It is a food for everyone – considered a treat by poorer people and given as a “highly esteemed” gift to inland Chinese.
In Korea too, Porphyra called ‘gim’, is a common side dish eaten almost daily by all social classes.
In Hawaii, the species P. atropurpurea is considered a great delicacy, called Limu luau, is found in few places on wave-battered rocks where it is dangerous to collect.
However, once this prize has been won it is washed, salted and preserved in bottles or jars for later use.
In the Philippines, Porphyra is dried into a product called ‘gamet’ which is pressed into flat, round cakes.
These are added to vegetable, chicken or seafood soups, fried and served with rice and vegetables, or softened with water and served with salad vegetables especially sliced or mashed tomatoes.
Southern Kwakiutl Indians and Haida Indians of British Columbia gathered Porphyra from rocks in large baskets and left the plant to rot for four or five days before being pressed and dried in the sun.
The dried seaweed ‘cakes’ were then layered in wooden boxes of chiton juice and red cedar boughs and left for months before finally removing and packing to be stored for winter.
All this hard work paid off at tribal feasts where the seaweed cakes were eaten with dried salmon.
The seaweed was also dried in strips on racks then laid on deer hide to be beaten by a wedge into a fine powder, which was then stored in boxes.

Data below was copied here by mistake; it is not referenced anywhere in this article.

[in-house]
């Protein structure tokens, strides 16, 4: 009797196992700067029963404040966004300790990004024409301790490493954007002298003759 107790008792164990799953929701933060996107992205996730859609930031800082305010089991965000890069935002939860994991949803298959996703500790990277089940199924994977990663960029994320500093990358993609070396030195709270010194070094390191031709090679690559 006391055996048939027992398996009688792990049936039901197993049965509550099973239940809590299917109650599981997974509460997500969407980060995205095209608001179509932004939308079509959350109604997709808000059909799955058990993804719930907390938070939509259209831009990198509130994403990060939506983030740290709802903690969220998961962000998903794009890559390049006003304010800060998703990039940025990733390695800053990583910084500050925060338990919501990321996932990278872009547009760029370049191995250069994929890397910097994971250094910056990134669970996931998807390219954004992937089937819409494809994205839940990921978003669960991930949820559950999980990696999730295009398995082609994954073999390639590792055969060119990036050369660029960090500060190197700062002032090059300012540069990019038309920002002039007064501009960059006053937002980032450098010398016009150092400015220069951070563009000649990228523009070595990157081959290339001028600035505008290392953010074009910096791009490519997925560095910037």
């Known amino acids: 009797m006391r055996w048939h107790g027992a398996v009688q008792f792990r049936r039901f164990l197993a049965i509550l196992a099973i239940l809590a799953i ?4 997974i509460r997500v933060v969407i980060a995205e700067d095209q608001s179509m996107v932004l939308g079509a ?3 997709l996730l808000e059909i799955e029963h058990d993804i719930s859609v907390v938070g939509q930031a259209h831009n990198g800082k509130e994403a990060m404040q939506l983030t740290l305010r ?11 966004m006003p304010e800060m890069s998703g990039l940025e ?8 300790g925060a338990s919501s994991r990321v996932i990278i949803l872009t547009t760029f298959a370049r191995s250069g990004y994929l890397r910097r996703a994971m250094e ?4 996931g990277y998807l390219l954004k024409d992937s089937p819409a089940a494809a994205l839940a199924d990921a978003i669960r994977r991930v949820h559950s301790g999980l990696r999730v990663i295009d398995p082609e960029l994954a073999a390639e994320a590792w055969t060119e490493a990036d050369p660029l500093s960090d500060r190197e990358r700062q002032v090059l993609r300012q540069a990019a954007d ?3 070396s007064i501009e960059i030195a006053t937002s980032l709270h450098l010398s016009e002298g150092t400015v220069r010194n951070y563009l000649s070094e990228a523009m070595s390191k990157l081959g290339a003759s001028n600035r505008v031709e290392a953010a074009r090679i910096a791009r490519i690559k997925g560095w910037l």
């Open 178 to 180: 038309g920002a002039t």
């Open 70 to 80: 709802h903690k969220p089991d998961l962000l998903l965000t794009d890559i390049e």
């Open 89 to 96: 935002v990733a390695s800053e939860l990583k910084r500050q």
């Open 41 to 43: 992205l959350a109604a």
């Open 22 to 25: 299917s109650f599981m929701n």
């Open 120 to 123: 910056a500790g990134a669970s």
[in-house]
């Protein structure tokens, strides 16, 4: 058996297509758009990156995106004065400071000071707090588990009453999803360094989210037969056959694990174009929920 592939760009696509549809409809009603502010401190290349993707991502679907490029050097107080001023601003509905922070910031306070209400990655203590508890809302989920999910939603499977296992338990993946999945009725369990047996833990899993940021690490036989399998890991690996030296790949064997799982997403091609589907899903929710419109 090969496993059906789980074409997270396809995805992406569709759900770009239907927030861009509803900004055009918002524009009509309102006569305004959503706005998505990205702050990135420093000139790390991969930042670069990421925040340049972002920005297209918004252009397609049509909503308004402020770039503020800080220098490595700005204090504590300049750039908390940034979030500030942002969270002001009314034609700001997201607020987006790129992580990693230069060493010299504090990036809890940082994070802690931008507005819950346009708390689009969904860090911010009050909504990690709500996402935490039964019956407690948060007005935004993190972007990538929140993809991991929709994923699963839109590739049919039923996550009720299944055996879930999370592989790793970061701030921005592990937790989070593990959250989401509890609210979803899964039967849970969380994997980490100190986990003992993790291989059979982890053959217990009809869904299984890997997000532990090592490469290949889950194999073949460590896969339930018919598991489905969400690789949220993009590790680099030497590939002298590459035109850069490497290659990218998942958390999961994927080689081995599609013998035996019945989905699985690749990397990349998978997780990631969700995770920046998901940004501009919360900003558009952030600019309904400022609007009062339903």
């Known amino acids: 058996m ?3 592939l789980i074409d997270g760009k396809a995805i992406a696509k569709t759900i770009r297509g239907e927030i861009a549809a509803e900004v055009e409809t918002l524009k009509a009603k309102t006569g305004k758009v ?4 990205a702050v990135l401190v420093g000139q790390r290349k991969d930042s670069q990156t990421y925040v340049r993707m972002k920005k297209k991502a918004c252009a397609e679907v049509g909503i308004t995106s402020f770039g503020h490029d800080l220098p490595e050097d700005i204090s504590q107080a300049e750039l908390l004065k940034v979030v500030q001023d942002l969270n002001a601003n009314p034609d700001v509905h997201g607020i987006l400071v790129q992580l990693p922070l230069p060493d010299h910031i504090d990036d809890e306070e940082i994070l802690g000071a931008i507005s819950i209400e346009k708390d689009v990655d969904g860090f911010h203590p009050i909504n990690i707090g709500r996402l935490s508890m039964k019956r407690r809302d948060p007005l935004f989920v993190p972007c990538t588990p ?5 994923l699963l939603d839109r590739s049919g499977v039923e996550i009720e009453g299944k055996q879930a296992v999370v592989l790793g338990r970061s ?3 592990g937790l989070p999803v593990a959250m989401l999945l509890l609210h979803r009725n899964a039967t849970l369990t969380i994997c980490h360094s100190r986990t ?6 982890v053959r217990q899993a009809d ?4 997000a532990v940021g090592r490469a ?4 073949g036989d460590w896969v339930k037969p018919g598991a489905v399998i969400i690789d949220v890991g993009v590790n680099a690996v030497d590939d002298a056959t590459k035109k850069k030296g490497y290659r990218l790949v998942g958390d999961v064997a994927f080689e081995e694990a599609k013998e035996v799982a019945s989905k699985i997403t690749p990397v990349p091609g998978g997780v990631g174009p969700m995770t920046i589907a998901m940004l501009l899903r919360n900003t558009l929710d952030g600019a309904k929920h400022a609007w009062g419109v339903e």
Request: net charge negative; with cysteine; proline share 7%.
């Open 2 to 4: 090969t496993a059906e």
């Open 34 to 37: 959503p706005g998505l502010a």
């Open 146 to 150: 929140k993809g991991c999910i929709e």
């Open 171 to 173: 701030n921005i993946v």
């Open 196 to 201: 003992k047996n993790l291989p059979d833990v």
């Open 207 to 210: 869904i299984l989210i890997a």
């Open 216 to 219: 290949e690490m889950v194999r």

The powder might later be cooked over hot stones and eaten with spoons.
A traditional tribal dessert was also made with Porphyra by beating the seaweed in water into a frothy, white mixture to be eaten with fresh berries.
Porphyra was eaten by Seechelt, Squawmish, Nootka, Bellacoola, Tsimshian, and Tlingit Indians, and by many Pacific tribes.
Nutritionally, laver seaweed has a wide range of amino acids, a vitamin A content that is 67 times higher than eggs and vitamin C content 1.5 times higher than oranges. But the shelf life of vitamin C can be short in the dried product.
According to the Food and Agriculture Organization, nori is among the most nutritious seaweeds, with a protein content of 30-50 percent, and about 75 percent of that is digestible.
Arguably, nori is the most sought-after Porphyra product in Asia and, largely thanks to the popularity of sushi, in the rest of the world too.
Traditional Medicine Use of Laver
Laverbread was said to improve the health of sick miners who suffered from goitre. In fact, folk records for Porphyra go back further to the Ben Cao of Chinese herbal medicine where the species is recommended for high blood pressure.
We now know that it contains anticholerase, which helps to break down fatty deposits in the blood.
Recent studies into the consumption of laverbread suggest that women in South Wales had a lower incidence of breast cancer compared to the rest of Britain.
There have been few concerns about the seaweed’s toxicity or side effects.
About The Author
Robin Harford is a plant-based forager, ethnobotanical researcher, and wild food educator. He is the author of Plantopedia: The Past and Present Uses of Wild Plants.
. . .